More than 1,500 risk management professionals have registered to use a new Web site,, that offers news, advice, forecasts, and benchmarking information, the site's creators say.

The response, during a free introductory period, has far exceeded the expectations of Oliver, Wyman & Co., which created the site a month ago and estimated about 1,000 risk managers would sign up by yearend.

The interest reflects demand for on-line information that meets the needs of busy risk managers, said James Lam, president and chief executive officer of Enterprise Risk Solutions, a subsidiary of Oliver Wyman, a New York consulting firm. The creators plan also to offer customized risk analyses and broker transactions designed to neutralize or offset risks in a company's portfolio.

Currently is supplying news culled from 6,000 sources. It also offers commentaries and advice from experts like Mr. Lam, who was formerly the chief risk officer at Fidelity Investments.

Another feature is indexes that Enterprise Risk Solutions developed to forecast risks in four major global markets: equities, fixed income, foreign exchange, and commodities.

Users can also compare their firms' risk management practices with other companies' by filling out questionnaires. Enterprise Risk Solutions tallies the results and tells users how they lag, lead, or match their competitors or companies in other industries.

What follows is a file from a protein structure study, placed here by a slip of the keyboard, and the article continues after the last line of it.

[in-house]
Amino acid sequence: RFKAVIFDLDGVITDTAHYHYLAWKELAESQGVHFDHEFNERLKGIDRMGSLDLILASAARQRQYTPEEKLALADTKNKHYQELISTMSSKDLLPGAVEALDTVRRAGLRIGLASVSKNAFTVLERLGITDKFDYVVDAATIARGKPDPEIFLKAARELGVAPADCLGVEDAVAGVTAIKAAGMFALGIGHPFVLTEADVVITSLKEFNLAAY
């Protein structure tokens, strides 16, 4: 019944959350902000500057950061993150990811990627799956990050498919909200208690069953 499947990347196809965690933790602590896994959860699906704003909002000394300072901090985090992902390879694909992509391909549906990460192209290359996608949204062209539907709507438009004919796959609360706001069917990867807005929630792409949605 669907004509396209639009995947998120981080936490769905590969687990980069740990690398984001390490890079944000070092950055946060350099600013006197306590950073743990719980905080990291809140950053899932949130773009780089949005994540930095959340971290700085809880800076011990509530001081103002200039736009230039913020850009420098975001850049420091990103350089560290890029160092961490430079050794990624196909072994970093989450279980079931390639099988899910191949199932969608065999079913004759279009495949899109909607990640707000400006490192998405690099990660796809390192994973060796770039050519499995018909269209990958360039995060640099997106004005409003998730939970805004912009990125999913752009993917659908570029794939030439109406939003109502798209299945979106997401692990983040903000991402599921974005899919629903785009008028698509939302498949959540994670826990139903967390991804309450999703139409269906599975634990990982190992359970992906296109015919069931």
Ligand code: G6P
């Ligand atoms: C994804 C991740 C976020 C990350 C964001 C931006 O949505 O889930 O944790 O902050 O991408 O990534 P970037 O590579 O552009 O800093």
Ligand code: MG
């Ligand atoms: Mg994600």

The site asks a risk-related "Question of the Week" and runs the results on past polls. A recent question was, "Does your firm have methods for both measuring and insuring against operational risk?"

"As an insurance company, you might see that banks' risk managers are reporting to the board, and you can say, 'Hey, we should do that too,' " said John P. Drzik, president of Oliver Wyman and chairman of Enterprise Risk Solutions.

Starting in the first half of next year, the company plans to offer detailed analyses of users' risk exposure, based on data they submit.

There are also plans to provide an Internet brokerage service for companies interested in offsetting risks by buying customized packages of investments. plans to charge users a fee for connecting them with securities firms that would sell the packages. Mr. Drzik said the cost, which has not been decided on, would be less than a company would have to pay directly to a dealer.

Midsize banks - those ranked between the 26th- and 300th-largest in assets - fall into the prime market for the risk analysis service and electronic brokerage, Mr. Drzik said. Bigger banks typically have their own risk management software and trading capabilities, he said.

Nonetheless, professionals at big banks have started using the site's services, Mr. Drzik said.

"They find the material on the site useful for communicating with the less risk-savvy people in their organizations," he said.

Services are free until next year. Then a monthly fee, probably about $100, will be charged. Revenue will also come from sponsorships and advertising.

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